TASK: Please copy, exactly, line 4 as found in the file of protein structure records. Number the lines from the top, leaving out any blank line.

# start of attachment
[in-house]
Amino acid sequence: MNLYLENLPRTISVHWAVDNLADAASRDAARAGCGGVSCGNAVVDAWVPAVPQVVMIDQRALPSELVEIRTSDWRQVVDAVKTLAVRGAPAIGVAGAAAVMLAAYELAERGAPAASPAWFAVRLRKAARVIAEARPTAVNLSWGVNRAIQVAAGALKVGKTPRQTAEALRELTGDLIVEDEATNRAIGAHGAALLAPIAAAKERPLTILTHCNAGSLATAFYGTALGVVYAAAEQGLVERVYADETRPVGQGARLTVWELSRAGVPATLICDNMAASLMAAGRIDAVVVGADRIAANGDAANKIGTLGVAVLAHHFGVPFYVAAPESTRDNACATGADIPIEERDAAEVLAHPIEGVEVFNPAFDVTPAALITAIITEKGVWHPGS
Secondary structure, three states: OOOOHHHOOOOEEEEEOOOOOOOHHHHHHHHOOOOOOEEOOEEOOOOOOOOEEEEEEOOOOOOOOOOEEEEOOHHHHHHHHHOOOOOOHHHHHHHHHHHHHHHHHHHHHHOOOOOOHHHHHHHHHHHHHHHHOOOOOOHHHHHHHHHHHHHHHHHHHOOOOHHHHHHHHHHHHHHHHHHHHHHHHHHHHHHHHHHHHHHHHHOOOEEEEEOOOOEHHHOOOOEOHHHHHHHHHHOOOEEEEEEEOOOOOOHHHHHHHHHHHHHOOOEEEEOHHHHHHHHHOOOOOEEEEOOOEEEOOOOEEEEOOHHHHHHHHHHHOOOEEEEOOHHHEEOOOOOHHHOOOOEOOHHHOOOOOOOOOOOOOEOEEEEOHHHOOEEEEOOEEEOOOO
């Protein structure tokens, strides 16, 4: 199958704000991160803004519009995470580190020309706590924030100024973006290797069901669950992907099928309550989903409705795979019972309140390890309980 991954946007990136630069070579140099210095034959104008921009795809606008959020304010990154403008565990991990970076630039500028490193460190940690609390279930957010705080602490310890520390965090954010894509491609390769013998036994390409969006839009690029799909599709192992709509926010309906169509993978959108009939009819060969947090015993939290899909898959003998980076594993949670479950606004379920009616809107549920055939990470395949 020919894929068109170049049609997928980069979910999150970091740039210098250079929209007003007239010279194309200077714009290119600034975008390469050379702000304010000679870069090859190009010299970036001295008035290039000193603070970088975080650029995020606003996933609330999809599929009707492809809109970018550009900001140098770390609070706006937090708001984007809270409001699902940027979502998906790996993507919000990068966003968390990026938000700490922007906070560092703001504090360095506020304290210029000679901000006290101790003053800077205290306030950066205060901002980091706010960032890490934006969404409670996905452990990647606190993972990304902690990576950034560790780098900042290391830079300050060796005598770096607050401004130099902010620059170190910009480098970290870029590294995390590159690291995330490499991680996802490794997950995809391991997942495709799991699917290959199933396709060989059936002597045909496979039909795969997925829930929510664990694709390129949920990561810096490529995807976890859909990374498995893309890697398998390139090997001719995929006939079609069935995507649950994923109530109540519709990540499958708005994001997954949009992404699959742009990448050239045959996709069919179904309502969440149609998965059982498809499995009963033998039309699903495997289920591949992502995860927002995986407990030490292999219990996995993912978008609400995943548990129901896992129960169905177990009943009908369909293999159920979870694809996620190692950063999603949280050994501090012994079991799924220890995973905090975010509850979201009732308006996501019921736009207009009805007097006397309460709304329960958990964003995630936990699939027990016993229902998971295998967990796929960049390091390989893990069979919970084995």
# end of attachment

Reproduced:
């Protein structure tokens, strides 16, 4: 199958704000991160803004519009995470580190020309706590924030100024973006290797069901669950992907099928309550989903409705795979019972309140390890309980 991954946007990136630069070579140099210095034959104008921009795809606008959020304010990154403008565990991990970076630039500028490193460190940690609390279930957010705080602490310890520390965090954010894509491609390769013998036994390409969006839009690029799909599709192992709509926010309906169509993978959108009939009819060969947090015993939290899909898959003998980076594993949670479950606004379920009616809107549920055939990470395949 020919894929068109170049049609997928980069979910999150970091740039210098250079929209007003007239010279194309200077714009290119600034975008390469050379702000304010000679870069090859190009010299970036001295008035290039000193603070970088975080650029995020606003996933609330999809599929009707492809809109970018550009900001140098770390609070706006937090708001984007809270409001699902940027979502998906790996993507919000990068966003968390990026938000700490922007906070560092703001504090360095506020304290210029000679901000006290101790003053800077205290306030950066205060901002980091706010960032890490934006969404409670996905452990990647606190993972990304902690990576950034560790780098900042290391830079300050060796005598770096607050401004130099902010620059170190910009480098970290870029590294995390590159690291995330490499991680996802490794997950995809391991997942495709799991699917290959199933396709060989059936002597045909496979039909795969997925829930929510664990694709390129949920990561810096490529995807976890859909990374498995893309890697398998390139090997001719995929006939079609069935995507649950994923109530109540519709990540499958708005994001997954949009992404699959742009990448050239045959996709069919179904309502969440149609998965059982498809499995009963033998039309699903495997289920591949992502995860927002995986407990030490292999219990996995993912978008609400995943548990129901896992129960169905177990009943009908369909293999159920979870694809996620190692950063999603949280050994501090012994079991799924220890995973905090975010509850979201009732308006996501019921736009207009009805007097006397309460709304329960958990964003995630936990699939027990016993229902998971295998967990796929960049390091390989893990069979919970084995």